Understanding Israel's Political Structure
Learn about the parties, what left and right mean in Israel, how the political process works, elections, parties forming alliances, etc.
Jessica Kaz, facilitator and community activist has been teaching in various Jewish settings for over 25 years and lived in Israel for over 10 years. She is most proud of her activism as a co-founder of Lone Soldier Connect (Chicago-based) and in the Israeli non-profit, Mavoi Satum: Opening up the Dead End for the Agunah (an organization offering legal and social service aid to women whose husband's will not grant them a divorce).
This program is open to all and is sponsored by the Sisterhood of Anshe Emet Synagogue
7:00 - 8:30 p.m.
MAY 21 | Session One • The three governing bodies of Israel
The (legislative) Knesset, the Executive branch, and the Judicial branch and the checks and balances in the Israeli system and the differences with the US system as Israel does not have a constitution but a set of basic laws which serve as a constitution. This session will also look at the various Knesset parties, and the political spectrum. We will also learn about the role of the Rabbinic courts and how that affects personal status and social laws in Israel.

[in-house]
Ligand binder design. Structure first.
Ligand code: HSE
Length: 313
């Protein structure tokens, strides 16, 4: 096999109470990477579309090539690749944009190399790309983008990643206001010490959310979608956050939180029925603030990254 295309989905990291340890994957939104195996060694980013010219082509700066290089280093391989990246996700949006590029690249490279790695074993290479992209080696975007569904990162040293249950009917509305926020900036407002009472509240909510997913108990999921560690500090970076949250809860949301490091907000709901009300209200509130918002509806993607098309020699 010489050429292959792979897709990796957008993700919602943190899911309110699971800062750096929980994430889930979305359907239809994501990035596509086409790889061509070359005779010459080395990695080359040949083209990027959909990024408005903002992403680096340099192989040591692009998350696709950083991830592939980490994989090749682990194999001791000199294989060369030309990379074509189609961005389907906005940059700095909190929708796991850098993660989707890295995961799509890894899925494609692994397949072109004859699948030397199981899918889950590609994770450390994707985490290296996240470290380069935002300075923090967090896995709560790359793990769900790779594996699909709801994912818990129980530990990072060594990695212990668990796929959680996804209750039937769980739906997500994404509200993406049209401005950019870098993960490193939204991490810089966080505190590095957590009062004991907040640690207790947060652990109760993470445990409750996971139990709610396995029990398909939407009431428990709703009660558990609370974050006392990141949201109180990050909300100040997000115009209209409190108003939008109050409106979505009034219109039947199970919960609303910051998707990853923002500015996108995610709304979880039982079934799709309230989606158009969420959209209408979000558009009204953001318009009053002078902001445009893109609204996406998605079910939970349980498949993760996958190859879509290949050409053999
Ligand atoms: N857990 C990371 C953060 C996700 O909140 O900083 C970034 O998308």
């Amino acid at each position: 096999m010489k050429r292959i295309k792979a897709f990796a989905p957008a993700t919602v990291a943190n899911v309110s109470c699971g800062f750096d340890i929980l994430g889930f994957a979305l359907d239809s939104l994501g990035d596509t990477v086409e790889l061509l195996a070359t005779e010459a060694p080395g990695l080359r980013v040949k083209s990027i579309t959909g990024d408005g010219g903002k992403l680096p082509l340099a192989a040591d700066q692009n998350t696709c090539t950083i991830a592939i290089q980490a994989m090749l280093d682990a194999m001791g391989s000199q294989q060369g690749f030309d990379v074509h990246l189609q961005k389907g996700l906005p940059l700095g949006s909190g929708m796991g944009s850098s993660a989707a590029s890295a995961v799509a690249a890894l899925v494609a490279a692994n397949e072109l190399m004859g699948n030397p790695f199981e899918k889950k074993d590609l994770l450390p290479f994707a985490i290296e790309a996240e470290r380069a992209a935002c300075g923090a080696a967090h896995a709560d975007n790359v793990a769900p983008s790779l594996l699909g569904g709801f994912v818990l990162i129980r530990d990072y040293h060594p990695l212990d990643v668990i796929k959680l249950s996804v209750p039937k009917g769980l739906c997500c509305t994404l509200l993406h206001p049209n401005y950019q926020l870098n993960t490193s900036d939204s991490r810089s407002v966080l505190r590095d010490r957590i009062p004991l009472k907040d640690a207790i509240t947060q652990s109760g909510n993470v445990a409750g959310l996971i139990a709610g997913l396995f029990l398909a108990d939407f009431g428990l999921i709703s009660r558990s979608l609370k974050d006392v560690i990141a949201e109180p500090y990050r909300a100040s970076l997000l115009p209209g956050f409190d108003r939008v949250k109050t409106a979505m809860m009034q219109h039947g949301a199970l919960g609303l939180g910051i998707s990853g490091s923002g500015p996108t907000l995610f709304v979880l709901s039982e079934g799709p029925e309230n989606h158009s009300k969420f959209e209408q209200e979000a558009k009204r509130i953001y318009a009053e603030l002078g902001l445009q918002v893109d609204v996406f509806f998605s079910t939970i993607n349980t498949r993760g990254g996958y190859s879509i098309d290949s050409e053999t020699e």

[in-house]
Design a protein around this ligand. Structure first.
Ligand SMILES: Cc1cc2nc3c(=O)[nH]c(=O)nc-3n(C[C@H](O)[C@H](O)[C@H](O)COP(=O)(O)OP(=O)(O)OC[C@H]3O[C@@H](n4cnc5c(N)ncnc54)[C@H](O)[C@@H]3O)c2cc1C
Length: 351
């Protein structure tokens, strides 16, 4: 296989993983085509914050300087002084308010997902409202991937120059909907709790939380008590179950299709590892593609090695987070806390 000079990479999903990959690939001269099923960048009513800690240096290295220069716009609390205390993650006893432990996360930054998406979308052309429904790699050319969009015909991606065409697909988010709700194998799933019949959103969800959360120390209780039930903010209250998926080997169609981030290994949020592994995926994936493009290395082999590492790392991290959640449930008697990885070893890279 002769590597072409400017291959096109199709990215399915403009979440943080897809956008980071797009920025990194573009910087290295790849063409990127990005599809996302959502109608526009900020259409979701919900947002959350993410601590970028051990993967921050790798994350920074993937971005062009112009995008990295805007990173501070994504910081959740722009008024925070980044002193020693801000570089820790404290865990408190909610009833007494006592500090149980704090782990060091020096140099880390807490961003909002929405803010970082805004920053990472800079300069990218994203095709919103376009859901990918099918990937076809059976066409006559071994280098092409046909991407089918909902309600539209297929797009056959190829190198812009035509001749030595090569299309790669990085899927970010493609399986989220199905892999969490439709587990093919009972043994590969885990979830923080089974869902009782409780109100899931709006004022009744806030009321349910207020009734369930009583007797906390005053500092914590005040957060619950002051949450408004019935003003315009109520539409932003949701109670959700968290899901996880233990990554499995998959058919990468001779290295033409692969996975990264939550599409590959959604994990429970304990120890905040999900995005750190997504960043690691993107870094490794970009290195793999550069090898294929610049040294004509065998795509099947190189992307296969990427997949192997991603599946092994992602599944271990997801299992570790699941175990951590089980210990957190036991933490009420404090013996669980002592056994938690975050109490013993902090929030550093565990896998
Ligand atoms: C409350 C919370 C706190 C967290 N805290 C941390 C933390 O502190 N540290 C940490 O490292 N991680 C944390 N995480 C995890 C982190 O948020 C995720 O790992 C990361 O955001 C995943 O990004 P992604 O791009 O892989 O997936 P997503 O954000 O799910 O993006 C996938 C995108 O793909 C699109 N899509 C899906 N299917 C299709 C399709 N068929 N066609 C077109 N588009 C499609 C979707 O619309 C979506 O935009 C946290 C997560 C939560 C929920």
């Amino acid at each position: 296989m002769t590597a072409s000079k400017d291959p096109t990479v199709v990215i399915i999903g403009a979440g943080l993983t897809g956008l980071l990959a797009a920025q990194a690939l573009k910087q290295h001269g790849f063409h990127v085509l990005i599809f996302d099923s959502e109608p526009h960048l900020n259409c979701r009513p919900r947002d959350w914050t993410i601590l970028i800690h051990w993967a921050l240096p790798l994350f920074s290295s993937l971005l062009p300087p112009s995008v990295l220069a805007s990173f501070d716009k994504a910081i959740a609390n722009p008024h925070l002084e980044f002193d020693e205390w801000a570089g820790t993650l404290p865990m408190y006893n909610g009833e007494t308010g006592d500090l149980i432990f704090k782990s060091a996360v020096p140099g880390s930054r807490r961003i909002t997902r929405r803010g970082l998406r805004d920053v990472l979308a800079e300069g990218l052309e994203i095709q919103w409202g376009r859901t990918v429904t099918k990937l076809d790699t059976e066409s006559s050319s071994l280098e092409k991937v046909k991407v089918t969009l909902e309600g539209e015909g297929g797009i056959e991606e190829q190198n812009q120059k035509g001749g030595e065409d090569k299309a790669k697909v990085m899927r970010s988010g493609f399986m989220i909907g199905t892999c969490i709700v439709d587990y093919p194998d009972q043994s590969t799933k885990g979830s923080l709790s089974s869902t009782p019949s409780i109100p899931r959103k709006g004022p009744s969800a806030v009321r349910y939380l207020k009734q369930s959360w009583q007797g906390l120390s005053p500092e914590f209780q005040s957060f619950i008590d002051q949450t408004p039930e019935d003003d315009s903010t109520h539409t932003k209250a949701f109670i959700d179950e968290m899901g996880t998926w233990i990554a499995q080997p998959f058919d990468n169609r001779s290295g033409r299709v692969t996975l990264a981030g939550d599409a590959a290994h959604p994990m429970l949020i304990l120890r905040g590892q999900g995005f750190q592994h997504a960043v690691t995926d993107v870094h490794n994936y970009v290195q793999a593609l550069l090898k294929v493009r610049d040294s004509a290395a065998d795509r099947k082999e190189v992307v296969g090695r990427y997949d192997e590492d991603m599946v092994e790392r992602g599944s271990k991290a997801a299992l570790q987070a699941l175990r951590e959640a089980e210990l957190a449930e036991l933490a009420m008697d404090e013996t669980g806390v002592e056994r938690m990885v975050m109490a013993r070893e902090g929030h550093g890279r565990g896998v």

MAY 28 | Session Two • Coalition building and power politics
The second session will focus on how coalitions are made and broken, and how coalition negotiating affects the big picture of governing. Who are the current power brokers? What are their priorities? What are the current economic, social and security priorities of the coalition in power? How do laws get passed with this kind of political structure? What is in the news related to the coalition in power?
JUNE 4 | Session Three • The role of the Supreme Court in Israeli politics
A look at important and current cases in front of the Supreme Court related to laws passed by the Knesset. These cases range from religious issues such as state-owned buses running on Shabbat to the rights of minorities under the Jewish Nation State Law of 2018. These cases address the tension between democracy and Judaism in Israel.